GC An der Pinnau relies on sustainable change
It will be exciting. Alexander Schütt, site chairman of the GC An der Pinnau in Quickborn, relies on a bit more digitization in the greenkeeping of his home club. The introduction of the greenkeeping software Punctus means a step towards more professionalization for the traditional club, which has had gold certification from the Golf & Nature program since 2017. “As we go live with the new software, we’re taking a look at a lot of little things and seeing how effective they are in the end. There are numerous, small processes that make work easier.” Schütt is excited to see how the change will affect many areas of greenkeeping. At the end of the day, what matters to him, is the optimization of work processes, the possibility of saving time and money and, ultimately, increasing quality.
“For me, quality means being able to harmonize everything,” he explains his approach. Topics such as nature, resources and climate are not alien to him. The trained geoscientist works professionally at the Institute for Soil Science at the University of Hamburg, including topics such as soil water availability or drought stress in trees. In this respect, the assumption of the task of groundskeeper was obvious, when a new board of directors was elected at An der Pinnau.
Every detail is questioned
“We have been dealing with many changes in the club since the end of August last year,” explains the newly elected President Brigitta Wurnig. “We turned a lot of stones in the first three months.” The objective is on the one hand an even higher level of member satisfaction and on the other hand the acquisition of new members.
The theme of Golf & Nature plays an important role. Schütt has no shortage of ideas: At the moment, for example, he is thinking about using sheep to optimize the management of the extensive areas. He could imagine a renaturation of the Pinnau, at least in the area that lies along the golf course. From his point of view, the networking of biotopes can be expanded, but above all he is concerned with improving communication.
“The information about the measures is crucial, because only then can we create understanding,” he explains. After all, the club is not lacking in projects that have already been carried out: last year, an emergency route plan for the golf course was implemented with the help of GPS points. The harvest on the meadow orchard for charitable purposes went well again. In addition, it was possible to get numerous club members enthusiastic about hands-on activities. The liberation of the shallow water biotopes from bushes, for example, ensured that the greenkeeping team was relieved considerably. According to Schütt, such positive results should be communicated more intensively in the future to make it clear that both golfers and nature benefit from a sensible combination of projects.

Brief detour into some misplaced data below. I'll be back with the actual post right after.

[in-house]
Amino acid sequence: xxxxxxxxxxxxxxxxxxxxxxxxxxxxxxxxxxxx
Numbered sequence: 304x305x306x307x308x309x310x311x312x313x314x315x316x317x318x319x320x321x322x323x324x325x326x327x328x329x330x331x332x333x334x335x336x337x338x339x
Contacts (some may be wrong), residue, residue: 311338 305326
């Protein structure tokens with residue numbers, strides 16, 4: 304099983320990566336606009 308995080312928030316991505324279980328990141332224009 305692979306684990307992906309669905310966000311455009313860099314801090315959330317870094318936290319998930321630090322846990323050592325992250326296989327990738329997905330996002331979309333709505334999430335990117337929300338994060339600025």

More variety on the tees
His colleague Magdalena Overmann, as deputy chairman, relies on the same concept: information and communication should make meaningful innovations easier for the club with its around 1300 golfers. A new concept of tee boxes is an essential aspect. Gender-free is the slogan that has long played a major role internationally, but has hardly caught on to German golf courses to date. It’s about giving each player a variety of course options by measuring different tees. As a result, women are no longer fixed on the red and blue tees, and men are no longer fixed on yellow and white. “The colors are so firmly anchored in people’s heads,” says Overmann, summing up the discussion of the topic so far. She has recognized that introducing a change here is not easy.
“We will form a project group this year to deal with the topic. The topic must be properly prepared. In principle, however, our aim is to enable members to have more fun with the game and to offer more variety.” In the end, she is convinced, the numerous members who do not play in teams would benefit most from this sustainable approach.
The board of directors has not yet given a fixed date for the introduction. According to Wurnig, changes are always a process. Although an association is a small company in terms of budget, in the end it is much more about personal attention than in business. Otherwise, as she knows, a change process will quickly come to a standstill.
Photos: GC An der Pinnau